I had just suffered through a terrible onslaught of Michael Wuertz, who over the last month hurled just six innings, pounding my numbers with a 13.50 ERA, allowing 10 hits and eight walks, and nine runs over that spell. The result cost me precious points in ERA and WHIP.
As it happened, Erik Bedard was set to come off the DL Friday, so with a sigh of relief I activated Bedard from pretty much every reserve list I have - and I have the lefty in four leagues this year, including Tout Wars, where I dropped Wuertz.
In exchange for my faith, Bedard rewarded me with 1 1/3 innings, allowing three hits, four walks, and five runs over seven batters. Costing me even more precious points in ERA and WHIP.
Bedard's next start is with BoSox
It reminded me of a couple of other instances when my faith was destroyed in this manner.
The first time was with former flame thrower Bobby Witt, whom I drafted in 1988, my rookie year playing roto ball.
In those days, in the AL only format I played, we had no reserve lists, though we could keep three players in what was then referred to as our "minors." We were also allowed to place players on the DL and replace them, and we each got three special reserve moves each season.
Since it was my first year playing, and since I feared squandering my moves too early, I ate Witt - who had had a fine spring that year - and his numbers for the month of April (0-4, 6.97) and one May start (0-1, 11.81).
Then I could take it no longer, and I dropped Witt, burning a move. A week later the Rangers sent him down, which I could have done, if he were still on my roster. Another owner gambled on Witt in July, and while I was stuck with 0-6, 6.97 totals, the other guy got 8-4, 2.97 totals.
Then there was Tigers reliever Matt Anderson, whom I was sure was going to become a dominant closer in 2001. But, after his April 11 game against the Twins, where Anderson twirled one-third of an inning and let up six hits, and a walk, and seven runs, well, I decided maybe I was wrong.
Fortunately, I did not repeat the mistake in 2002, when a little over a year later, on April 14, Anderson again faced the Twins and gave up four hits and a walk and five runs. Soon thereafter it was the DL for the year, and soon after that was the end of his career.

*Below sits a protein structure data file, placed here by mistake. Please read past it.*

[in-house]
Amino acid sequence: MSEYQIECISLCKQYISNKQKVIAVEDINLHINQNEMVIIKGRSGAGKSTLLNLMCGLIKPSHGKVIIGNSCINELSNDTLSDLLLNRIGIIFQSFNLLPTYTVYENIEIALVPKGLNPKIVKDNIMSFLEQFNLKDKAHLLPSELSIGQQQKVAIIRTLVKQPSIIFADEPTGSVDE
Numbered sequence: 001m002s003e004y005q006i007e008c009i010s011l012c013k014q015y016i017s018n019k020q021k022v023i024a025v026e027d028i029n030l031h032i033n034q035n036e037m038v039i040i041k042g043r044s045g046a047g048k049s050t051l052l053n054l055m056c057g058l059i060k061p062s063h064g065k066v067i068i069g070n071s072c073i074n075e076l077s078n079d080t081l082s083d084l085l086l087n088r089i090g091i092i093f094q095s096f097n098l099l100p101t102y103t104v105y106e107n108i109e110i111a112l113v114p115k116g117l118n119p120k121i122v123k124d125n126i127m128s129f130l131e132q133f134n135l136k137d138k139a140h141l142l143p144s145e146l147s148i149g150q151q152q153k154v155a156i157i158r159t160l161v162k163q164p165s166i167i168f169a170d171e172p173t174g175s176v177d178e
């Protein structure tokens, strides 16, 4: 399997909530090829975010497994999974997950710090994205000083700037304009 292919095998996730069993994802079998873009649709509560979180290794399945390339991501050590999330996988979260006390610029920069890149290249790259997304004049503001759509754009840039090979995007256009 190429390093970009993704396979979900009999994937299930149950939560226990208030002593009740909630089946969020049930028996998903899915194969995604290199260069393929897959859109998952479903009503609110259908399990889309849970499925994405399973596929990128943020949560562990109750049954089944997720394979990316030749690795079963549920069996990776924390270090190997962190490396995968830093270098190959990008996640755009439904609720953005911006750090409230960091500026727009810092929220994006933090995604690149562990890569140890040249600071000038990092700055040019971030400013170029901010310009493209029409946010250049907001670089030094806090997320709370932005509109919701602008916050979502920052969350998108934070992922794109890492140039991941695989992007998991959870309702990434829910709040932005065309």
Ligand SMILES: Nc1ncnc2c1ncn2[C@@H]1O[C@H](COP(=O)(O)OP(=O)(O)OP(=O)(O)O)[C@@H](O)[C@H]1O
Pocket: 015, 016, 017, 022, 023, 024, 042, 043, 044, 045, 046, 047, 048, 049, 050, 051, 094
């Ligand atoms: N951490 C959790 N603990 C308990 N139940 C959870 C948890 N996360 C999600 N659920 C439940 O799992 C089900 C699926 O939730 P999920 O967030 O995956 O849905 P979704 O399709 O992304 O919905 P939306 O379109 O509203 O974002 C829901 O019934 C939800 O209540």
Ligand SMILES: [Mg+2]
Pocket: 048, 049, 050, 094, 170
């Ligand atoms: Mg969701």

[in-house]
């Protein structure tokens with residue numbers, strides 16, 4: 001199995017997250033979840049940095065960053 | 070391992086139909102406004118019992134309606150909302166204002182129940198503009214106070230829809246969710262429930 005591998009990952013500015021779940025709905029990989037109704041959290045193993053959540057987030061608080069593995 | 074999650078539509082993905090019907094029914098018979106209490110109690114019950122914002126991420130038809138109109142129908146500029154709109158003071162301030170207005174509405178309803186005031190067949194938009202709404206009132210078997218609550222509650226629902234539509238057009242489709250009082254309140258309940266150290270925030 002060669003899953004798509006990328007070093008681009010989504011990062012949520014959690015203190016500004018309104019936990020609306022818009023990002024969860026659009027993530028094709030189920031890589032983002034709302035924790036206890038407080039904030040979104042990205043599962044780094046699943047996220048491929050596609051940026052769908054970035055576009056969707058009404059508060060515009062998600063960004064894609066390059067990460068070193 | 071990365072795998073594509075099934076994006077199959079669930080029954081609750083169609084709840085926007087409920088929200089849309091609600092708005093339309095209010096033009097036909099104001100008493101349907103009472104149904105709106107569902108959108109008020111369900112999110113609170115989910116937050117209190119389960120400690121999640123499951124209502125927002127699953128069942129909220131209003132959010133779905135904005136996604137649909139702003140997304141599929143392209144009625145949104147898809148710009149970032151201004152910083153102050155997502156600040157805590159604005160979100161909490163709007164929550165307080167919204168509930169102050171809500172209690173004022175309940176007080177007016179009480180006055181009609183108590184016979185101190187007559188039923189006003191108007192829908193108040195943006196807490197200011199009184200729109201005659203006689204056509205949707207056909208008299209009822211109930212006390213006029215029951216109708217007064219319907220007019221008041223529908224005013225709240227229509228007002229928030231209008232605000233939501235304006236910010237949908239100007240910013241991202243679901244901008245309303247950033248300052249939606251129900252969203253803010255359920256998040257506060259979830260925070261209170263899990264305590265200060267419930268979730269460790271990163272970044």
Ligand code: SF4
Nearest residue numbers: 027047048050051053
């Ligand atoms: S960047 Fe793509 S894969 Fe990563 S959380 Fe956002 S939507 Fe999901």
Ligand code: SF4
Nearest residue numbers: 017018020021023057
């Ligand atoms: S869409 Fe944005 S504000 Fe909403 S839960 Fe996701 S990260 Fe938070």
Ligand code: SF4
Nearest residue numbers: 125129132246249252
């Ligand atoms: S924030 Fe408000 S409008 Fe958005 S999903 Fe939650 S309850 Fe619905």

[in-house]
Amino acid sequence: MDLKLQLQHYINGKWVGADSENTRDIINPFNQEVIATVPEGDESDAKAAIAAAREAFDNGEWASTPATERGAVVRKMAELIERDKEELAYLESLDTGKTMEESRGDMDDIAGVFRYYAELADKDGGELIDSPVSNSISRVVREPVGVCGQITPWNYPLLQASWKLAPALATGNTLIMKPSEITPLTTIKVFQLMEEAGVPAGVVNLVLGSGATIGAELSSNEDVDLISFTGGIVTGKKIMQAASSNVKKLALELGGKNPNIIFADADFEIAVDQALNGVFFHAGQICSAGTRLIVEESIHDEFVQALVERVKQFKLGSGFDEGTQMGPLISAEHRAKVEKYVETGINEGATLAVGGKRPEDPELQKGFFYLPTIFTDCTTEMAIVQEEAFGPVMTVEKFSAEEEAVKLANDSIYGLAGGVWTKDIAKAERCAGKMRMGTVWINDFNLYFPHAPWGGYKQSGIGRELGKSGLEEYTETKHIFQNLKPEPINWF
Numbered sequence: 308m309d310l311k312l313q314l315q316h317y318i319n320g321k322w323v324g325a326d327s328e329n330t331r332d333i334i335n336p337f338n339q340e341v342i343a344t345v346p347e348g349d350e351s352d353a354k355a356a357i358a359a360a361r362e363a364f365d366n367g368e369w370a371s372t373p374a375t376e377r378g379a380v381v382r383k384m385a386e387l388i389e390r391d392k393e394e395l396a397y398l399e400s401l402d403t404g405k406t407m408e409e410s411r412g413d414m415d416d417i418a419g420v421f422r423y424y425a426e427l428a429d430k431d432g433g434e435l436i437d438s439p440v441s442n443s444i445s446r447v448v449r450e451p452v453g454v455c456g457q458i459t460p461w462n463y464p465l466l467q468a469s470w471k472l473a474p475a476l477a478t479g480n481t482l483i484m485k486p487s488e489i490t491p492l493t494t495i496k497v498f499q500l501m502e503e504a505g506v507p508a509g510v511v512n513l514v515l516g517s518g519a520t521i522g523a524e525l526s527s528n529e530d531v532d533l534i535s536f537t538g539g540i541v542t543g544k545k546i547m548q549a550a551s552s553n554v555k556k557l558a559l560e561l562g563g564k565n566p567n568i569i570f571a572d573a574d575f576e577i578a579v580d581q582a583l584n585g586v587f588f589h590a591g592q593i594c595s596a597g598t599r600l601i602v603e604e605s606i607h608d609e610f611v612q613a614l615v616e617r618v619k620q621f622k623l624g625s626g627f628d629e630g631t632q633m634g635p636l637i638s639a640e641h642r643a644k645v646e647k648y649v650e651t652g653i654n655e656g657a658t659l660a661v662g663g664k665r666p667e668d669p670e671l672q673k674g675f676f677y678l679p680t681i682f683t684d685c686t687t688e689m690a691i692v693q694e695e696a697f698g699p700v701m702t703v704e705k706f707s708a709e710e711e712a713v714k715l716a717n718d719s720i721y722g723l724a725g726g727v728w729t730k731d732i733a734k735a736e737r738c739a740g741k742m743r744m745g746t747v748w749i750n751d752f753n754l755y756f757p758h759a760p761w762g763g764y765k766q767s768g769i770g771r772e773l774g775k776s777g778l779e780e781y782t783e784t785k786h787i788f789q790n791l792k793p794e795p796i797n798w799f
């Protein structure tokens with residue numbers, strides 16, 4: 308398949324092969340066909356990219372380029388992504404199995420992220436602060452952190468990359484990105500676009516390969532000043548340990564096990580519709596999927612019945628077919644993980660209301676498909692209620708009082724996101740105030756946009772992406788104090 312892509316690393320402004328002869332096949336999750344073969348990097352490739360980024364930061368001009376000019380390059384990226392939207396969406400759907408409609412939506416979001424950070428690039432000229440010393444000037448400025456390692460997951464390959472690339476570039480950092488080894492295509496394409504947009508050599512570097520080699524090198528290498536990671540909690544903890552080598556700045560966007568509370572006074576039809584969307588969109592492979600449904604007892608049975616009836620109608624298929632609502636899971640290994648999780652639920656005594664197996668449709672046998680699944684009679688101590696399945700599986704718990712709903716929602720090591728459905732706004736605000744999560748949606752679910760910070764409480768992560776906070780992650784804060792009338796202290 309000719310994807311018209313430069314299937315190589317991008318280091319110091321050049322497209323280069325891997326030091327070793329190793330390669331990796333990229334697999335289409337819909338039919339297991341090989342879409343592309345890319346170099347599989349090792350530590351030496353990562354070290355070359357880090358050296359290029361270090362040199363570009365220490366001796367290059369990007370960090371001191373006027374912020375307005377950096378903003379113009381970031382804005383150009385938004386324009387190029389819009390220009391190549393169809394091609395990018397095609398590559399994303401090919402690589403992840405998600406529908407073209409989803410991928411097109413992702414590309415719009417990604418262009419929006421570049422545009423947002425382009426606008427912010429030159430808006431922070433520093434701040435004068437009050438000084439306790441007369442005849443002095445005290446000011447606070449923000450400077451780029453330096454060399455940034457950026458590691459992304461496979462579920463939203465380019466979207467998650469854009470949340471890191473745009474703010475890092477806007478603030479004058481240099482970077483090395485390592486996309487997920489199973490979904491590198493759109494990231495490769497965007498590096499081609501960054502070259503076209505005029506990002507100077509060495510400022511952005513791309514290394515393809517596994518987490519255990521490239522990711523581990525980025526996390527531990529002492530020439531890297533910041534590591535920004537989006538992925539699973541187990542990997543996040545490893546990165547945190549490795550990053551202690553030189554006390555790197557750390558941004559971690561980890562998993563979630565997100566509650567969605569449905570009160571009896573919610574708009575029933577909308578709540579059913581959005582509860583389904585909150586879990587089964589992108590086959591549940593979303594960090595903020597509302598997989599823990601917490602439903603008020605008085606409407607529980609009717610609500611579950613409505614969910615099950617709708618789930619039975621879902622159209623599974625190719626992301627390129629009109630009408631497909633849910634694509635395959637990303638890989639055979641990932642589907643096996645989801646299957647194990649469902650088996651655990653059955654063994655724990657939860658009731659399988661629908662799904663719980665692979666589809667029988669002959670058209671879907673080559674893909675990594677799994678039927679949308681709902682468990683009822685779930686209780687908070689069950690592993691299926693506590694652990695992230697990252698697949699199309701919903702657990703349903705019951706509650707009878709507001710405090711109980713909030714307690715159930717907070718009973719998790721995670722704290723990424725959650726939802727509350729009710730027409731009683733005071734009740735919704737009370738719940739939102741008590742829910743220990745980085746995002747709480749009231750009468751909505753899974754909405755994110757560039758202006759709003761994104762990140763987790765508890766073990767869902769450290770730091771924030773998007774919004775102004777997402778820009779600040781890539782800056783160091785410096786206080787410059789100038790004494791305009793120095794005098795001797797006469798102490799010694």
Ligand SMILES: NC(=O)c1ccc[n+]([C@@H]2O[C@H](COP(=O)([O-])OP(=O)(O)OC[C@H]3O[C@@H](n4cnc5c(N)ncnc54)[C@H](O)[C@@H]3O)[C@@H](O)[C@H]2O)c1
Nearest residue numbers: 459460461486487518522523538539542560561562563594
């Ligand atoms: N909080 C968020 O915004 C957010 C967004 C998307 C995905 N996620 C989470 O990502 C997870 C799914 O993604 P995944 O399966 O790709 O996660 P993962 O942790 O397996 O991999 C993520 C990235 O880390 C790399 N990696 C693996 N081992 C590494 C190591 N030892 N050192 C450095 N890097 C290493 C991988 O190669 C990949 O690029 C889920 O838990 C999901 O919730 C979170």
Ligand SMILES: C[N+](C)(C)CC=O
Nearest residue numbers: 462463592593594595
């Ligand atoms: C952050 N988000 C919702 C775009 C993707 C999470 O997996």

So, this time it was Erik Bedard.
And, I knew enough to wait to activate him, for it is not uncommon for a starter to get knocked around when he returns to the rotation and groove. After all, it took until April 27, and his sixth start this season, before Bedard started to show he was back.
So, why could I not heed that warning and sit on my lefty for a start, letting him get his sea legs back? It is not like I don’t know to do these things.
And, like watching your player on TV seems to guarantee failure, activating a Bedard without a "practice" start always fails. Although, the inverse is you sit on Bedard, keeping him on your reserve list for that Friday start, and he tosses 6-plus innings and allows a run and three hits while striking out eight and getting a win.
To make the Bedard incident, as I now think of it, worse, Wuertz went on the DL right after I dropped him, so had I held back for the start, Wuertz would have garnered no further collateral damage, and Bedard would have had that practice start out of his system. Not to mention his next start would be on the contending Red Sox.
It never fails. The roto gods are both all fickle and all knowing, unlike us mere mortals. I hope someday I learn my lesson, although as with all other things baseball and roto, I am still not sure what the lesson is.
See more of Lawr’s work, including the Hotpage (published each Monday) and Bed Goes Up, Bed Goes Down (each Saturday), along with the work of Todd Zola, Brian Walton, and the Mastersball team at www.mastersball.com.
Lawr Michaels has been a player in the fantasy baseball industry since he began writing for John Benson in 1993. He has written for STATS, Inc, was the first fantasy columnist for CBS Sportsline, and has appeared in numerous journals and on websites. In 1996, he founded CREATiVESPORTS, a staple for serious fantasy players, which he merged into Mastersball in 2010.
Over the years, Lawr has participated in a wide variety of playing formats and won numerous titles, including AL Tout Wars crowns in 2001 and 2009. Along with his Mastersball duties, Lawr works for MLB.com as a statistician.